Assessing the economic impact of MES is complicated. Coming up with a precise number is beyond the scope of the present exercise, as it would also require a formal economic model. The approach here relies on relatively disaggregated data on the policy, trade flows, and a back-of-the envelope calculation to provide an initial benchmark estimate and to guide the discussion of the key conceptual issues involved. Two broad points are apparent, however.
1. The share of China’s exports subject to foreign-imposed antidumping and other TTBs has increased since the early 1990s, but it was largely flat at around 7 percent between 2010 and 2013.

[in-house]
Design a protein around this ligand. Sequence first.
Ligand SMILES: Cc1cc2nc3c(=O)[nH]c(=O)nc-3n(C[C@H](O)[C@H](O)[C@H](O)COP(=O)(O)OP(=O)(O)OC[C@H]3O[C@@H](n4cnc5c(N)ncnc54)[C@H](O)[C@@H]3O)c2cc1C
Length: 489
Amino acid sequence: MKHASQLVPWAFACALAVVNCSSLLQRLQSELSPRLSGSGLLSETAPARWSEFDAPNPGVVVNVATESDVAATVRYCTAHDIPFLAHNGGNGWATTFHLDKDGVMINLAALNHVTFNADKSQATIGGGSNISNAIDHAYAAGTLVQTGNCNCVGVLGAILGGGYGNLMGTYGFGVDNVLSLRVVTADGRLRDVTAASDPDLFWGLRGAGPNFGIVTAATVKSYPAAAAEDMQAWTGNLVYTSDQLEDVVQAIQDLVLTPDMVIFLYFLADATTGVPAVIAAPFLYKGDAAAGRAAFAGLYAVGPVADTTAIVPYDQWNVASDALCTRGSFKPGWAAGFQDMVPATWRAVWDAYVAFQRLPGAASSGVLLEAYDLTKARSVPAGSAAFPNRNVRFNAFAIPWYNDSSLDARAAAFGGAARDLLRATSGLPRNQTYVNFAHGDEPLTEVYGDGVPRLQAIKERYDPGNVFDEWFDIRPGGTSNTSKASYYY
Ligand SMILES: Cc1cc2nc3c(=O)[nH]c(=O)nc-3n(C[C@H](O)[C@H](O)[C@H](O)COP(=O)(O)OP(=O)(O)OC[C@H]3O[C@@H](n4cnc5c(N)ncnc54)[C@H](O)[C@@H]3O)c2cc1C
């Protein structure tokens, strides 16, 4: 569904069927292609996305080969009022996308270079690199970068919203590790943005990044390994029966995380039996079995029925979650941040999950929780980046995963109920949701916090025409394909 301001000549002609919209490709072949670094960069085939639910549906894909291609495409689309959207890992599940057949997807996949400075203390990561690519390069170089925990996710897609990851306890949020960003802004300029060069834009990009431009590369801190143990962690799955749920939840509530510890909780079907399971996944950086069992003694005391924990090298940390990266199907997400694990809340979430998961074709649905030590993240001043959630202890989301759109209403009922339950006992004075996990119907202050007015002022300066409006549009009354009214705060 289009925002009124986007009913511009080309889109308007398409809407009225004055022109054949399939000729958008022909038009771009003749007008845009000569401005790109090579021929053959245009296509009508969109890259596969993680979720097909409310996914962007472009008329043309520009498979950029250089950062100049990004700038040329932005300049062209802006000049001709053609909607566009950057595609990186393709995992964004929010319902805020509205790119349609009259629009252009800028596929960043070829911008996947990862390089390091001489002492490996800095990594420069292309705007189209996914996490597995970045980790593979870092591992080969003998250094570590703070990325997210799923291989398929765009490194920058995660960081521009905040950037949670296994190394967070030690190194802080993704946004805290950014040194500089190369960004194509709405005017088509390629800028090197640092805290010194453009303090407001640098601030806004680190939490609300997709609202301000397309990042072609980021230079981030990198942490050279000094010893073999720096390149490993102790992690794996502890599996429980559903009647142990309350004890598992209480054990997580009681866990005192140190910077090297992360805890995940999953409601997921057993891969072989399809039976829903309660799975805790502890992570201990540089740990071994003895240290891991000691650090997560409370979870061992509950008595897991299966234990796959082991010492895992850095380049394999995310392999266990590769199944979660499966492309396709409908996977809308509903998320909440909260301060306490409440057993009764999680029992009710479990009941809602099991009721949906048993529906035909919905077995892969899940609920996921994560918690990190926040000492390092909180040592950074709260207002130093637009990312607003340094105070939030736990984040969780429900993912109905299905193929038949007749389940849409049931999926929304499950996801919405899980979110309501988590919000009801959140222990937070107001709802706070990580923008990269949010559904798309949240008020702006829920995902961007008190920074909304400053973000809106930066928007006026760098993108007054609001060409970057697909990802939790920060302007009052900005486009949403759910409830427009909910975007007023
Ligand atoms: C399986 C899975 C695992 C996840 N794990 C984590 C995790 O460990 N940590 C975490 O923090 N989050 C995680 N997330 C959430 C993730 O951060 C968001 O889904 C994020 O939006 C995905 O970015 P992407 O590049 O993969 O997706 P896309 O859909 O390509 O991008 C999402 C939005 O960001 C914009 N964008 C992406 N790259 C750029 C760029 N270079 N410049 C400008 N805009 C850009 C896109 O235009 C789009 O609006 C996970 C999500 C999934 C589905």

Figure 1 illustrates estimates of the share of China’s exports to the Group of 20 (G-20) economies that the G-20 collectively subjected to TTBs (such as antidumping, countervailing duties, and safeguards) each year during 1995–2013. While antidumping makes up the overwhelming majority of TTB policy use during this period, it will turn out important to also keep the other TTB policies of countervailing duties and safeguards in mind. The share of imports from China that has been covered by newly imposed TTBs has been increasing over these two decades, but that share increased when China acceded to the WTO in 2001. After 2001, China’s export growth accelerated even faster and thus put competitive pressure on domestic producers in many trading partners around the world. However, also in 2001, the full WTO membership granted China their applied most-favored-nation (MFN) tariffs and trading partners were forced to convert all other China-specific nontariff measures into potentially WTO-consistent forms of import restrictions such as antidumping.